In June 1992, the new single "Blue Room" hit the British Top Ten. The longest single in chart history at just under 40 minutes, it earned the Orb a spot on Top of the Pops, where they ruminated over a chess game and waved at the camera while a three-minute edit of the single played in the background. Released in July, the album U.F.Orb concentrated not on space, but the beings that inhabit it. (The actual "Blue Room" is an installation where the U.S. government allegedly keeps the relics of a 1947 saucer crash outside Roswell, New Mexico.) It hit number one on the British album charts, and also did well with critics, who praised it and the duo's sold-out tour of England.

The non-album single "Assassin" -- originally slated to feature vocals from Primal Scream's Bobby Gillespie -- followed in October, and it reached number 12 on the British charts. The U.S. release of U.F.Orb appeared two months later, with initial copies including a second disc with the full version of "Blue Room" plus mixes of "Assassin." A limited LP release of U.F.Orb in England included a live recording of the Orb's appearance at London's Brixton Academy in 1991. (The date was later released on video with an added CD soundtrack as Adventures Beyond the Ultraworld: Patterns and Textures.)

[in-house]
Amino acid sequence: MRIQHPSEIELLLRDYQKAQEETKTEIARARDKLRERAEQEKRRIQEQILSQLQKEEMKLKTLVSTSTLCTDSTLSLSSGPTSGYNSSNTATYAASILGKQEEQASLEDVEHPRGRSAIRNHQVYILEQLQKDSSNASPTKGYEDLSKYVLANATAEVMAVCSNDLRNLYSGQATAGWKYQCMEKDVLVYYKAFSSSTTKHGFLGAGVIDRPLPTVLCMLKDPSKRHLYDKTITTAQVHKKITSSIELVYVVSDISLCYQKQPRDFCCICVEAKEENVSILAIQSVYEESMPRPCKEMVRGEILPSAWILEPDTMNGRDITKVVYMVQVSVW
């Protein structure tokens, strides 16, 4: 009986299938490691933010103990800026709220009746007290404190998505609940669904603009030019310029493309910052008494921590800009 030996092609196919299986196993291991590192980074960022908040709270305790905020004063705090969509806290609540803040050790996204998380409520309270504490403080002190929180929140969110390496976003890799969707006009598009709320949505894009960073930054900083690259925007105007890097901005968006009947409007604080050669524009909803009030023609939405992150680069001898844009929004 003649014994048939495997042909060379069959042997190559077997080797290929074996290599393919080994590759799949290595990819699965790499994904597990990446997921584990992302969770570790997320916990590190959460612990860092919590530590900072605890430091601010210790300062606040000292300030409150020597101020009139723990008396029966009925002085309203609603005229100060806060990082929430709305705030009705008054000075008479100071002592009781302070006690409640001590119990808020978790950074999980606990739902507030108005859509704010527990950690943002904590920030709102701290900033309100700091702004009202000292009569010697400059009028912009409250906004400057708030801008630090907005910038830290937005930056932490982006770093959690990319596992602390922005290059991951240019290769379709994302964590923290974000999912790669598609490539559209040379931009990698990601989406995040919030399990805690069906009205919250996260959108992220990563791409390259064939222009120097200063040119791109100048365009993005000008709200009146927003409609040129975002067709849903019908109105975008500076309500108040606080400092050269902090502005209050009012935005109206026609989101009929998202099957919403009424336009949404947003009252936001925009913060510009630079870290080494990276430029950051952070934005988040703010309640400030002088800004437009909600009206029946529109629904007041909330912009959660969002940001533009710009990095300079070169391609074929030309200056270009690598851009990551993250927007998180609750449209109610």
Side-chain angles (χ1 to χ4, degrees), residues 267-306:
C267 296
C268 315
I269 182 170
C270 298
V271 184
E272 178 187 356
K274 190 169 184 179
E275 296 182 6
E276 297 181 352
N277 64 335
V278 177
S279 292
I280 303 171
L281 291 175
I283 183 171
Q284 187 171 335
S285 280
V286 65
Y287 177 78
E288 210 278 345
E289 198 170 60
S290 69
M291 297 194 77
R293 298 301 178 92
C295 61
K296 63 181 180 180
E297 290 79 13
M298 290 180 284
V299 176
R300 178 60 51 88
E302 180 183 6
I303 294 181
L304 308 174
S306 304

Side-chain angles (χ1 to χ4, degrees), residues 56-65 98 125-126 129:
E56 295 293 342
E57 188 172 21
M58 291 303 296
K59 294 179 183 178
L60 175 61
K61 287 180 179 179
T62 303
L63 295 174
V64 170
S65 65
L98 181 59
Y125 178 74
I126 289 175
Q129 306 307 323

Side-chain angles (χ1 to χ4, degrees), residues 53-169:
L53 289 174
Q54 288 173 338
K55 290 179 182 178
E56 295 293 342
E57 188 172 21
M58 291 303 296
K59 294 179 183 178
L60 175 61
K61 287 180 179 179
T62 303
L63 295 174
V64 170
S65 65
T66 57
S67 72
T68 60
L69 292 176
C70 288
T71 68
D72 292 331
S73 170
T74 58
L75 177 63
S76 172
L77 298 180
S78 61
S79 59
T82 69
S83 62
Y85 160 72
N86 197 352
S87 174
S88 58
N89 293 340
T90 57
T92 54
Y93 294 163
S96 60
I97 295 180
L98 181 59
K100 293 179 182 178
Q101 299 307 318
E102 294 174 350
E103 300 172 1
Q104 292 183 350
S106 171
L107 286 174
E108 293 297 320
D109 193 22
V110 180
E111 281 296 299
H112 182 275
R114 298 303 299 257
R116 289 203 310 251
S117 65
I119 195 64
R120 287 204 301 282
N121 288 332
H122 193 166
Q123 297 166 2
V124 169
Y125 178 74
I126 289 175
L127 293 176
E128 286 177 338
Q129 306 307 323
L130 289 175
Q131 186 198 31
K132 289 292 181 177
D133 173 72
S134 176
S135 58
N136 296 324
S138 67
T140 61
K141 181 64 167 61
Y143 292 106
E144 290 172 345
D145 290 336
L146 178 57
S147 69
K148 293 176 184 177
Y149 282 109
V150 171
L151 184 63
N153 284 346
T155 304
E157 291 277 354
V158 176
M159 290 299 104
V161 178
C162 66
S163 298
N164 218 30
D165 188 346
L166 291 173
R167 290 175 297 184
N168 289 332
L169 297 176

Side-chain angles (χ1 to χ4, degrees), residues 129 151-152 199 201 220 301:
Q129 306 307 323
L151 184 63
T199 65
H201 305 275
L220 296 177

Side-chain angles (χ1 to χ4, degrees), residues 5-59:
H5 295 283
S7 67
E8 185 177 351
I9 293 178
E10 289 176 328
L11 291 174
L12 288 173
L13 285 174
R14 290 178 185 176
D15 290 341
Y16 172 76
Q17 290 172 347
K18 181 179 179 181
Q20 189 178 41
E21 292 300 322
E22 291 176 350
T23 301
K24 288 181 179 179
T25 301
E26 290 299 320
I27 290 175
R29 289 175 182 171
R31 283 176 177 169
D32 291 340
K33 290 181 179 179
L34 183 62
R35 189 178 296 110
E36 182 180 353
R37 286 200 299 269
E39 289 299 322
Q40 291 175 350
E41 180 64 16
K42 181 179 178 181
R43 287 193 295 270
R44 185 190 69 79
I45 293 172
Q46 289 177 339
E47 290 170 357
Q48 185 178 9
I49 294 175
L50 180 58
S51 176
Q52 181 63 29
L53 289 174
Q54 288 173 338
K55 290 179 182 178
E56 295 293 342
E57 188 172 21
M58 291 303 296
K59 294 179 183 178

Though the Orb had released several hours of recordings and many remixes during its first three years of existence, the beginning of 1993 prompted a dry spell of over a year and a half. The problem wasn't a lack of material; Paterson and Thrash continued to record, but Big Life Records had begun a controversial campaign to reissue several early singles. The Orb threatened to release no new material until the label promised to cease and desist, and negotiations stalled while the duo looked to opt out of their contract. In the meantime, Big Life spent 1993-1994 reissuing five CD singles and two other 12" releases, including "Little Fluffy Clouds" (which hit the British Top Ten), "Huge Ever Growing Pulsating Brain," and "Perpetual Dawn" (the second single from Ultraworld). Paterson finally signed an international deal with Island in 1993 and released the stopgap Live 93 later that year. The double-disc set -- which hit number 23 in the album charts -- included highlights from Orb appearances in Europe and Japan, and featured another clever dig at Pink Floyd: the cover has a large stuffed sheep suspended over a power station, à la Floyd's Animals cover.

The Orb's first studio release for Island appeared in June 1994. Pomme Fritz (a "little album") was quite a departure from ambient house, the field that had since caught up with Paterson's revolution of the late '80s. The album has a schizophrenic quality that portrays the group caught between two worlds: the pastoral ambience of the first two albums and the harsher, almost industrial rhythms that the Orb were pushing forward. Pomme Fritz made number six on the British charts, but critics hated it, charging that Paterson had finally disappeared up his own arse. They even compared him to Pink Floyd's own Syd Barrett, who masterminded the psychedelic classic Piper at the Gates of Dawn, but later slipped out of the band as the world's first -- and most popular -- acid casualty.